Lamont has had nothing to do with the temporary improvement in the State’s condition. The transitory improvement is based upon billions and billions of one-time federal assistance that will run out in a matter of months and upon a gusher of individual income tax revenue derived from a stunning decade-long stock market rally that ended nine months ago.
Lamont did have one critical task. He had 100% control over the negotiation of the new state employee wage contract, the SEBAC deal. Over the next decade that deal will cost the state an estimated $6.4 billion.
Recently, an assistant school principal in Greenwich, Connecticut was caught on video avowing that he hires only progressive teachers. He explained that he won’t hire Catholics because they are too rigid, nor older teachers since they are too set in their ways, for him to be able to bend them to his mission of progressive teaching.
In Greenwich, he is probably an outlier. I live in Greenwich, and I have a second grader in the school system. He has had two great teachers and is just starting with a third of apparent great promise. Yet, most of the progressive education mischief occurs in higher grades, so I will reserve judgment.
The reality is that this is not a Greenwich issue. It is a national issue, more precisely a Beltway issue. The national teacher unions headquartered in Washington DC and the Biden Administration are very clearly pushing a left-wing agenda. The unions and Biden are doing everything possible to inject critical race theory (CRT) into the nation’s public schools, despite all their protestations to the contrary.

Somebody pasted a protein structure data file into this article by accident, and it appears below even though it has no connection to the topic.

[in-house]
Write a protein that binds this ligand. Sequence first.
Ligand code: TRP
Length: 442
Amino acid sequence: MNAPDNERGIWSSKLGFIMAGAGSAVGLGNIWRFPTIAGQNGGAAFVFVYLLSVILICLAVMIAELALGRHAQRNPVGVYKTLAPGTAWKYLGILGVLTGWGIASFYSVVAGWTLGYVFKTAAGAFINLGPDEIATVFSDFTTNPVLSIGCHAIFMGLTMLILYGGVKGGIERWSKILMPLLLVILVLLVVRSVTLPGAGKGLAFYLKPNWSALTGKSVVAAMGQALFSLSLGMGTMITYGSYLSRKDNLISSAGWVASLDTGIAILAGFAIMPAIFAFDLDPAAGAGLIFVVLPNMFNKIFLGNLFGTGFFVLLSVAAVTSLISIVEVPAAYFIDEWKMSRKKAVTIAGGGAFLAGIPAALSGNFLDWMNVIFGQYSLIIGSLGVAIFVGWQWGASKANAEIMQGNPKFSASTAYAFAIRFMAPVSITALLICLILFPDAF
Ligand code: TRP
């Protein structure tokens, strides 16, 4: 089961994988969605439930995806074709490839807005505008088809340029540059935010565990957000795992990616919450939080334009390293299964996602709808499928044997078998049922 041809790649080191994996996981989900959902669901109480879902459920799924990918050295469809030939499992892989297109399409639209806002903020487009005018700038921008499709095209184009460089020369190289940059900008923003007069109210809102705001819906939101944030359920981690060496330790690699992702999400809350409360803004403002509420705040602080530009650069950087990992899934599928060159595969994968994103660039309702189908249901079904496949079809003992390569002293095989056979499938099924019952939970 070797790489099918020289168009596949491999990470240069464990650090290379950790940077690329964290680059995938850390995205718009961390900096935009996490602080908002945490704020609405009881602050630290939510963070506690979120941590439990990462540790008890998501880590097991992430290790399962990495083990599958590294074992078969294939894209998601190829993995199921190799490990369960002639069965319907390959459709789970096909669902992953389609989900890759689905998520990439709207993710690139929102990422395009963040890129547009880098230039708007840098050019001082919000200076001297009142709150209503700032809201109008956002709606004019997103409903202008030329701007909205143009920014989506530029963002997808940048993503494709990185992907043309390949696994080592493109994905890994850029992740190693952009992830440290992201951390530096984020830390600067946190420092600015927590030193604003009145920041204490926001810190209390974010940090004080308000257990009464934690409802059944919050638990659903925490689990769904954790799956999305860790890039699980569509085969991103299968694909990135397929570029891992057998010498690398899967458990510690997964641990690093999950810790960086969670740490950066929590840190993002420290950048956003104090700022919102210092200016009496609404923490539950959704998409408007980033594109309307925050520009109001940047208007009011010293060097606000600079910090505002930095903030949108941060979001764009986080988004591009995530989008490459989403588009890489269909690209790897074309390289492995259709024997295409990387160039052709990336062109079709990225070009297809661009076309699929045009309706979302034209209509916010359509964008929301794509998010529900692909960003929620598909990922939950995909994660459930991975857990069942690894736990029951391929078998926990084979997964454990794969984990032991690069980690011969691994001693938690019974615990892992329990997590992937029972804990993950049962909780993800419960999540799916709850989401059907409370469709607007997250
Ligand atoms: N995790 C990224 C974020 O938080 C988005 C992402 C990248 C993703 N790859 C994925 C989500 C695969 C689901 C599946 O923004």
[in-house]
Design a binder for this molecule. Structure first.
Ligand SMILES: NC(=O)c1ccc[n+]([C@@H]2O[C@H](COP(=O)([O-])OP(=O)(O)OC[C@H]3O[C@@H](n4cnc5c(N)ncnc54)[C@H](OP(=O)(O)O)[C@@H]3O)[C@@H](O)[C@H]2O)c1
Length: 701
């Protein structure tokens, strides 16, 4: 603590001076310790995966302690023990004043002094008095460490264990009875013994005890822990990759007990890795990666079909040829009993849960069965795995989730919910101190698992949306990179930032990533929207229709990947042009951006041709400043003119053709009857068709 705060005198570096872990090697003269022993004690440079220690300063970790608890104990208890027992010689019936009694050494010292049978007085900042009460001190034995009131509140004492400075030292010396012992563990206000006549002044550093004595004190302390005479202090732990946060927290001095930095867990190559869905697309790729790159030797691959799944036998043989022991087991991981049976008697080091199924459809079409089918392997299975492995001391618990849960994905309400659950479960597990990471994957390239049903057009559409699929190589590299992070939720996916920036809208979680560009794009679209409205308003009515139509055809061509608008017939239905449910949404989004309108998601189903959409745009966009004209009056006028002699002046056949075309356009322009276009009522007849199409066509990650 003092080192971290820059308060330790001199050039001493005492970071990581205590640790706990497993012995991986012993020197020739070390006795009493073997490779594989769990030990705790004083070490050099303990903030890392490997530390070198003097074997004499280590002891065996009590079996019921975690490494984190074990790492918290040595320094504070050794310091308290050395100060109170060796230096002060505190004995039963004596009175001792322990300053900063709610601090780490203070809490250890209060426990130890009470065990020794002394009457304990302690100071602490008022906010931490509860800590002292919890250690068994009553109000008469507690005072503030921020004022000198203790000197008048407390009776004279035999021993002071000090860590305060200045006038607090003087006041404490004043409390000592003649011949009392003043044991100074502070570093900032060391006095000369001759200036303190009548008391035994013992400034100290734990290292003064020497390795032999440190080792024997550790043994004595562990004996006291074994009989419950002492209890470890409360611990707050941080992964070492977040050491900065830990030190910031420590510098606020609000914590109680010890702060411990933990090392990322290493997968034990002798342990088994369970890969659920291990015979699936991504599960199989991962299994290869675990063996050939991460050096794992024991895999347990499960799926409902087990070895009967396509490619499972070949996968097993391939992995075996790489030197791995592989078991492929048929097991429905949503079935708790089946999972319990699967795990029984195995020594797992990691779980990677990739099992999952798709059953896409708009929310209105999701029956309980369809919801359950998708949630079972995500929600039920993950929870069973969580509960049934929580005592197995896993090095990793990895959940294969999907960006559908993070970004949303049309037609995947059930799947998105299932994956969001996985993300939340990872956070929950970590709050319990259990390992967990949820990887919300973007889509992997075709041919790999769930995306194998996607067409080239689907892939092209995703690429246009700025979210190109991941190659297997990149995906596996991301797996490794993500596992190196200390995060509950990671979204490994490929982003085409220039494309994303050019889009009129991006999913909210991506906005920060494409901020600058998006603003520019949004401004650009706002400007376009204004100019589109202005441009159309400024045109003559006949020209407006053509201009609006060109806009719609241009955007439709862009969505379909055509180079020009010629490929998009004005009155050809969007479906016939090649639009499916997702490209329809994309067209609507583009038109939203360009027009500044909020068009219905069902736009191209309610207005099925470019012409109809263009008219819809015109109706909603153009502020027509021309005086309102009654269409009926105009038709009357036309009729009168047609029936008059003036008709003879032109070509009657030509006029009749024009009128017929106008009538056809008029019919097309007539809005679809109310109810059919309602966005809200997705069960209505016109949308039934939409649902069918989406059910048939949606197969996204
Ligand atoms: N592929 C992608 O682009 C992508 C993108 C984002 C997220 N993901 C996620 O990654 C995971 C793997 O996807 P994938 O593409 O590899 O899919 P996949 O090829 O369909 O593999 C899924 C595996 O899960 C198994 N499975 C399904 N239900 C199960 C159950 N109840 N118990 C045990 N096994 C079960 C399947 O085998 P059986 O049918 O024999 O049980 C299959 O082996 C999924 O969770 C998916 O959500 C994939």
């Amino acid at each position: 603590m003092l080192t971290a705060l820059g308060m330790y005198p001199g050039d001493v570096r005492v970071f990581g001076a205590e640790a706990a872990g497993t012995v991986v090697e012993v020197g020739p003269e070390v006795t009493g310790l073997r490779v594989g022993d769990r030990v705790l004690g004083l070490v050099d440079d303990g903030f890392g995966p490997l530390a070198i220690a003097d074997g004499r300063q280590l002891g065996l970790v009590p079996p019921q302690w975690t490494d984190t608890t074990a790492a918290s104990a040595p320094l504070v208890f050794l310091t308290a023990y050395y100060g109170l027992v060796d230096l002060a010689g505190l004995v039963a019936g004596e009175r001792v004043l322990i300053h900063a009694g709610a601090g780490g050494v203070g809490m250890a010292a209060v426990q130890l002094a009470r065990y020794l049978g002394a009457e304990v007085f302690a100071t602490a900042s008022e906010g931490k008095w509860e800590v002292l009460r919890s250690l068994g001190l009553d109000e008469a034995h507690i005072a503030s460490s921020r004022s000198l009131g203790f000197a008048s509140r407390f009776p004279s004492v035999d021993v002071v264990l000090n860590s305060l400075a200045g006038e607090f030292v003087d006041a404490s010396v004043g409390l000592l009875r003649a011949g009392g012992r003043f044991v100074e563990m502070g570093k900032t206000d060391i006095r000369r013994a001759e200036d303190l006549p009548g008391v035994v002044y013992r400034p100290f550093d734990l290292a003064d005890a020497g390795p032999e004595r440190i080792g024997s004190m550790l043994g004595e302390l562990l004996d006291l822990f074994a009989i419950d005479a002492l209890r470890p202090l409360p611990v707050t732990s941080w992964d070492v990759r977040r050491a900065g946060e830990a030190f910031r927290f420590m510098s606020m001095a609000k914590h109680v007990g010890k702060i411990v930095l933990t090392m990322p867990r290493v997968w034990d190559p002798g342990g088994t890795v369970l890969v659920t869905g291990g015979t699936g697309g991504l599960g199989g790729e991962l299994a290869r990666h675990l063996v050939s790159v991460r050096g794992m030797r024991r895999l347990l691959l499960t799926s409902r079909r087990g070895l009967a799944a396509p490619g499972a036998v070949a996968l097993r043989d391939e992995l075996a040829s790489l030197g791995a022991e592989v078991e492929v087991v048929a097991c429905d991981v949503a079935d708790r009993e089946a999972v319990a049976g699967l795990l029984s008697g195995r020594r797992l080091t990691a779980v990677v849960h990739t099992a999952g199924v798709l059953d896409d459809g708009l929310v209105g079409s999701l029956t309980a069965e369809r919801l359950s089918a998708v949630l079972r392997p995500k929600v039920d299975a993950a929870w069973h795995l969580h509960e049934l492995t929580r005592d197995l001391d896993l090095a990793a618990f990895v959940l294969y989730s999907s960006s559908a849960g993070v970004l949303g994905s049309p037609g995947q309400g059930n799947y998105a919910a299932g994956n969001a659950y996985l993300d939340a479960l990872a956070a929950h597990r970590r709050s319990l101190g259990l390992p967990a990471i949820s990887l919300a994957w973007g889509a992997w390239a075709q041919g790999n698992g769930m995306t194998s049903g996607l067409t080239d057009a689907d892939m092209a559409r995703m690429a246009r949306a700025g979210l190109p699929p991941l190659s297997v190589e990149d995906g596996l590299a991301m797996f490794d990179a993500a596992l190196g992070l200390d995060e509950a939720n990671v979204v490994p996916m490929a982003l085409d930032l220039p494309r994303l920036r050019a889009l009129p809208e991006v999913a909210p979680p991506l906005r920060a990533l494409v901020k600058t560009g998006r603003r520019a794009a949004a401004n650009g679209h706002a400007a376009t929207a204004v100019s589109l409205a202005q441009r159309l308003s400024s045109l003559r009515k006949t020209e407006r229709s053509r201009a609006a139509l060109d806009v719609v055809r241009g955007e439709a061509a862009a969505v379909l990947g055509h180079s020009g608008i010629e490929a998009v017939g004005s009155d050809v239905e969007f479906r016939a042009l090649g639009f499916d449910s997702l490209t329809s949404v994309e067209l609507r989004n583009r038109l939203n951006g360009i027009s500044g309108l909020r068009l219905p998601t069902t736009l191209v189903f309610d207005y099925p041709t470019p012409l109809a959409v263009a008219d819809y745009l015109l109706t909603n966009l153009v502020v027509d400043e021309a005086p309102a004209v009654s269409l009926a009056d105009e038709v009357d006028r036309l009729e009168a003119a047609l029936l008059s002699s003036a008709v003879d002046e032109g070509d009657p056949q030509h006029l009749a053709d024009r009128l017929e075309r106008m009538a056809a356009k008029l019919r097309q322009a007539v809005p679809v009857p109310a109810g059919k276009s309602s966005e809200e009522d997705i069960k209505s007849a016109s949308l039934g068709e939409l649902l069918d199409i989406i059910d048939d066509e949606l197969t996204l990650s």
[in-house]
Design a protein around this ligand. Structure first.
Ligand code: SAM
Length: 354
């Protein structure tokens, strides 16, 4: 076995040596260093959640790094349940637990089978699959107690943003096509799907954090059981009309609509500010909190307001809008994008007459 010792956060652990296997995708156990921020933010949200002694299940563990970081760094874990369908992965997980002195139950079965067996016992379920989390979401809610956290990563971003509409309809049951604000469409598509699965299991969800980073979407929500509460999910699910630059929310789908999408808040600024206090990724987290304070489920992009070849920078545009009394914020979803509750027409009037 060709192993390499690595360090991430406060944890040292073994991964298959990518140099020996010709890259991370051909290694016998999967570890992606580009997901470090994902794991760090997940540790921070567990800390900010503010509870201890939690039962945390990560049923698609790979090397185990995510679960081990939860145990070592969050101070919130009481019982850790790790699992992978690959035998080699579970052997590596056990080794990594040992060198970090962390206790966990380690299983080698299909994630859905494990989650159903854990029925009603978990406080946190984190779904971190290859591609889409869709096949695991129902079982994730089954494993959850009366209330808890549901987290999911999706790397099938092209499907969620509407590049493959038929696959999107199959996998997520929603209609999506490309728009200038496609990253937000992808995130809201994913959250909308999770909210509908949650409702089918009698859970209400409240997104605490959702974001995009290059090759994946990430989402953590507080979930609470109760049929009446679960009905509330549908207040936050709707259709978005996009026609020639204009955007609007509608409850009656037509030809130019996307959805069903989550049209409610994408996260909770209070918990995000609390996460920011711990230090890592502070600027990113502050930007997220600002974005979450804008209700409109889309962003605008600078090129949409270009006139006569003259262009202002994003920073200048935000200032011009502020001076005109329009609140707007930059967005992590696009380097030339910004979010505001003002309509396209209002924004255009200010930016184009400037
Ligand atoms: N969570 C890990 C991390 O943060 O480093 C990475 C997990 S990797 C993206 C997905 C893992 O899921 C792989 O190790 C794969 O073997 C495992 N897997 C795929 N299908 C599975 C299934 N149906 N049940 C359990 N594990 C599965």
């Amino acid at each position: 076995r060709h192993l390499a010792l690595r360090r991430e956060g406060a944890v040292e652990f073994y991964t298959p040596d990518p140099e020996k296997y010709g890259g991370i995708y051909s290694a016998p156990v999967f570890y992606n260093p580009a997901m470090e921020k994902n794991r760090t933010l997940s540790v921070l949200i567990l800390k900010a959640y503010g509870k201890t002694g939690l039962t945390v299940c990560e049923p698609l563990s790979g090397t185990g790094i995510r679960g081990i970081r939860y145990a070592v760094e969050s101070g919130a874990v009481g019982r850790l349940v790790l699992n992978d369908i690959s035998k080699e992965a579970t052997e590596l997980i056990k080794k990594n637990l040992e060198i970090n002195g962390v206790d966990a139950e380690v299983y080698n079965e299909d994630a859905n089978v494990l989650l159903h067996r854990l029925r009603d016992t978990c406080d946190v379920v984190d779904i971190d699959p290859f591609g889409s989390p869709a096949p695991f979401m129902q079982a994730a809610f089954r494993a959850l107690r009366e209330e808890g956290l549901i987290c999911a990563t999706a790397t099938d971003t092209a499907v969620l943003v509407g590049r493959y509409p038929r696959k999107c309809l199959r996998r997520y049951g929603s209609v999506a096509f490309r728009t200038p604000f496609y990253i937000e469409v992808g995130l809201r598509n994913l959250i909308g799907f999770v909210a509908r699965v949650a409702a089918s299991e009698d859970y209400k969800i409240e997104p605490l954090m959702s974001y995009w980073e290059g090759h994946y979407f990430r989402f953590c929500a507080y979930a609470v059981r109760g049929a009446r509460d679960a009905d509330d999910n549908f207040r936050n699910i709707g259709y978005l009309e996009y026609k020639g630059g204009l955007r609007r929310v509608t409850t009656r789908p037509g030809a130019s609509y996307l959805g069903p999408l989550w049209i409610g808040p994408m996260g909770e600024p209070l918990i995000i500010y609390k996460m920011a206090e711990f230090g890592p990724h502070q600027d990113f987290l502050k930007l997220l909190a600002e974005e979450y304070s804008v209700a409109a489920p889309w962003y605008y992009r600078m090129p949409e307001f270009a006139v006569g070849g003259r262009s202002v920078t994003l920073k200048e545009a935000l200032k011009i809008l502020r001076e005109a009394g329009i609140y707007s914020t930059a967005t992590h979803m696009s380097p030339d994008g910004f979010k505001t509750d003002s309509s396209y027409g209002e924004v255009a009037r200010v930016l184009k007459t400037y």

Connecticut’s jobs outlook looks ominous, despite the most recent, very positive report of 6,500 jobs gained in July coupled with a big decline in the unemployment rate from 4.0% to 3.7%.
The job gains are highly likely to reverse very soon. Today, ADP reported that national private sector job growth in August fell to half its level in July, presaging a significantly weaker national number for August to be reported this Friday by the U.S. Bureau of Labor Statistics (BLS) and a poor August number for Connecticut in the next state-by-state report from BLS in mid-September.
Even before today, there were warning signs nationally and for Connecticut. Connecticut’s workforce shrank by 2,100 in July, the first monthly decline in 2022. Connecticut was not alone. The labor force shrank in twenty-three other states.